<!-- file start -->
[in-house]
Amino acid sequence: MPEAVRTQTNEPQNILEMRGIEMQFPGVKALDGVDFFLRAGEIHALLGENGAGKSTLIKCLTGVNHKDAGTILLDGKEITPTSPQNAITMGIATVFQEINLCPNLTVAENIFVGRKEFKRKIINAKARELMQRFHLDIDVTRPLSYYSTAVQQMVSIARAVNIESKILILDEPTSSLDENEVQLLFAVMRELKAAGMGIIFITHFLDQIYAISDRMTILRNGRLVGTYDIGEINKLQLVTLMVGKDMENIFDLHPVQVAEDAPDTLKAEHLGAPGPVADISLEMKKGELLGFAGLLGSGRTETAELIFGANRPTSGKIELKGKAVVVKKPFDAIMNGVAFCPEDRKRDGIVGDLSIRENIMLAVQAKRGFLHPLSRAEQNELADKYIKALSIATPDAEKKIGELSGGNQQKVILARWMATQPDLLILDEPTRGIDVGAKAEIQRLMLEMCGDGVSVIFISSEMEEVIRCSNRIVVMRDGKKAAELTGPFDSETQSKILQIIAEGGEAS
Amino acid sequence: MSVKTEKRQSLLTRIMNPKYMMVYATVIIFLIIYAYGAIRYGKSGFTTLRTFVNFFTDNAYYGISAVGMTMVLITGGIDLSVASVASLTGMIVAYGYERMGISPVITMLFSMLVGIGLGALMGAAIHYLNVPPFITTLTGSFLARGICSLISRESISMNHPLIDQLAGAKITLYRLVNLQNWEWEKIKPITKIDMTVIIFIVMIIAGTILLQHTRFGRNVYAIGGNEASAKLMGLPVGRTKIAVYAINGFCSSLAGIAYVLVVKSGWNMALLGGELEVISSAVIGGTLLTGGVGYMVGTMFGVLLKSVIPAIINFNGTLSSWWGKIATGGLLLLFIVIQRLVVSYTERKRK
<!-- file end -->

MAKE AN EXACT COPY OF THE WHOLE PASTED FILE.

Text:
[in-house]
Amino acid sequence: MPEAVRTQTNEPQNILEMRGIEMQFPGVKALDGVDFFLRAGEIHALLGENGAGKSTLIKCLTGVNHKDAGTILLDGKEITPTSPQNAITMGIATVFQEINLCPNLTVAENIFVGRKEFKRKIINAKARELMQRFHLDIDVTRPLSYYSTAVQQMVSIARAVNIESKILILDEPTSSLDENEVQLLFAVMRELKAAGMGIIFITHFLDQIYAISDRMTILRNGRLVGTYDIGEINKLQLVTLMVGKDMENIFDLHPVQVAEDAPDTLKAEHLGAPGPVADISLEMKKGELLGFAGLLGSGRTETAELIFGANRPTSGKIELKGKAVVVKKPFDAIMNGVAFCPEDRKRDGIVGDLSIRENIMLAVQAKRGFLHPLSRAEQNELADKYIKALSIATPDAEKKIGELSGGNQQKVILARWMATQPDLLILDEPTRGIDVGAKAEIQRLMLEMCGDGVSVIFISSEMEEVIRCSNRIVVMRDGKKAAELTGPFDSETQSKILQIIAEGGEAS
Amino acid sequence: MSVKTEKRQSLLTRIMNPKYMMVYATVIIFLIIYAYGAIRYGKSGFTTLRTFVNFFTDNAYYGISAVGMTMVLITGGIDLSVASVASLTGMIVAYGYERMGISPVITMLFSMLVGIGLGALMGAAIHYLNVPPFITTLTGSFLARGICSLISRESISMNHPLIDQLAGAKITLYRLVNLQNWEWEKIKPITKIDMTVIIFIVMIIAGTILLQHTRFGRNVYAIGGNEASAKLMGLPVGRTKIAVYAINGFCSSLAGIAYVLVVKSGWNMALLGGELEVISSAVIGGTLLTGGVGYMVGTMFGVLLKSVIPAIINFNGTLSSWWGKIATGGLLLLFIVIQRLVVSYTERKRK